Muggensturm is a municipality in the district of Rastatt in Baden-Württemberg in Germany. Muggensturm is sited in the Upper Rhine Plain at the foot of the Black Forest; the Federbach flows through the town and the neighboring 43 ha nature reserve Federbachbruch. The municipality borders Bietigheim, Oberweier, Kuppenheim and Bischweier. Muggensturm's area contains the municipality as well as the Ziegelhütte house in the Steinhardt and the lost settlements of Eichelbach and Frierlinde; the first mention of Muggensturm can be found in an official document of Pope Celestine III in the year 1193, where it is spelled Mugetstrum. The 2009 local election resulted in the following composition of the municipal council: Free Voters 38.8%, 5 seats SPD 33.2%, 5 seats CDU 27.9%, 4 seats The voter participation was 54.1%. Numbers in braces refer to the results of the previous local election. Since 1993 Dietmar Späth is the mayor, he was reelected in 2001 and 2009. Muggensturm's twin town is Gradara in the Italian province of Urbino.
It was established in 2002. In 2011 an additional inner-German town twinning with Schönwalde-Glien was founded. In 2005, the Bürgerband, a unique community photo album, was installed in the town hall, it shows around 2'500 Muggensturm citizens photographed by journalist Anton Jany. Every year at the end of July, the Muggensturm Volksfest attracts many visitors. Before 2011, local clubs would decorate waggons with up to 200'000 flowers and participate in a large pageant. In 2010, Muggensturm won the gold medal in the Entente Florale competition between municipalities. Entente Florale awards distinguished town development achievements. Muggensturm is sited near the Rheintalbahn, it is connected to the Karlsruhe Stadtbahn
Baden-Württemberg is a state in southwest Germany, east of the Rhine, which forms the border with France. It is Germany's third-largest state, with an area of 11 million inhabitants. Baden-Württemberg is a parliamentary republic and sovereign, federated state, formed in 1952 by a merger of the states of Württemberg-Baden, Baden and Württemberg-Hohenzollern; the largest city in Baden-Württemberg is the state capital of Stuttgart, followed by Karlsruhe and Mannheim. Other cities are Freiburg im Breisgau, Heilbronn, Pforzheim and Ulm; the sobriquet Ländle is sometimes used as a synonym for Baden-Württemberg. Baden-Württemberg is formed from the historical territories of Baden, Prussian Hohenzollern, Württemberg, parts of Swabia. In 100 AD, the Roman Empire invaded and occupied Württemberg, constructing a limes along its northern borders. Over the course of the third century AD, the Alemanni forced the Romans to retreat west beyond the Rhine and Danube rivers. In 496 AD the Alemanni were defeated by a Frankish invasion led by Clovis I.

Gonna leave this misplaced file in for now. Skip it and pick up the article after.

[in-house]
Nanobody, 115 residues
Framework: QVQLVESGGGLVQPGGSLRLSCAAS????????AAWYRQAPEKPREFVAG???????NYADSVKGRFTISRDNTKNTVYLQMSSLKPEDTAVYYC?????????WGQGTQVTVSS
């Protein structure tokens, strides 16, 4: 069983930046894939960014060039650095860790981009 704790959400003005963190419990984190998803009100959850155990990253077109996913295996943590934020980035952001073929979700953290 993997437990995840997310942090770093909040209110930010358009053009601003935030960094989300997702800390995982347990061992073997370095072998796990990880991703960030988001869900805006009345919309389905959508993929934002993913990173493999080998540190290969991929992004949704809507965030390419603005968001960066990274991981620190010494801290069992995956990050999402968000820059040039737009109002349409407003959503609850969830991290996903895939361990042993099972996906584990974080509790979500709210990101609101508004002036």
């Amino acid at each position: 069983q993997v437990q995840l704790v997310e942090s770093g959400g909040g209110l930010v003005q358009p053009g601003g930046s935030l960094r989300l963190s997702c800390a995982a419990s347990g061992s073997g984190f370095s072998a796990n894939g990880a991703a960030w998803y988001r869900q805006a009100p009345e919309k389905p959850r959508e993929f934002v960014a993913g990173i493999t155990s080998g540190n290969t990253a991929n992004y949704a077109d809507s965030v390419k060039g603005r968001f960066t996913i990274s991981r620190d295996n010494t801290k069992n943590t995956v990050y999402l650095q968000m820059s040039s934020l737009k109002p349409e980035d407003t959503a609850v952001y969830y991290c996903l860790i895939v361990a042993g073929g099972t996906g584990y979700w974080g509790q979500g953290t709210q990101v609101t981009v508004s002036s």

The Holy Roman Empire was established. The majority of people in this region continued to be Roman Catholics after the Protestant Reformation influenced populations in northern Germany. In the late-nineteenth and early-twentieth centuries, numerous people emigrated from this rural area to the United States for economic reasons. After World War II, the Allies established three federal states in the territory of modern-day Baden-Württemberg: Württemberg-Hohenzollern, Württemberg-Baden. Baden and Württemberg-Hohenzollern were occupied by France, while Württemberg-Baden was occupied by the United States. In 1949, each state became a founding member of the Federal Republic of Germany, with Article 118 of the German constitution providing an accession procedure. On 16 December 1951, Württemberg-Baden, Württemberg-Hohenzollern and Baden voted via referendum in favor of a joint merger. Baden-Württemberg became a state in West Germany on 25 April 1952. Baden-Württemberg shares borders with the German states of Rhineland Palatinate and Bavaria, Switzerland.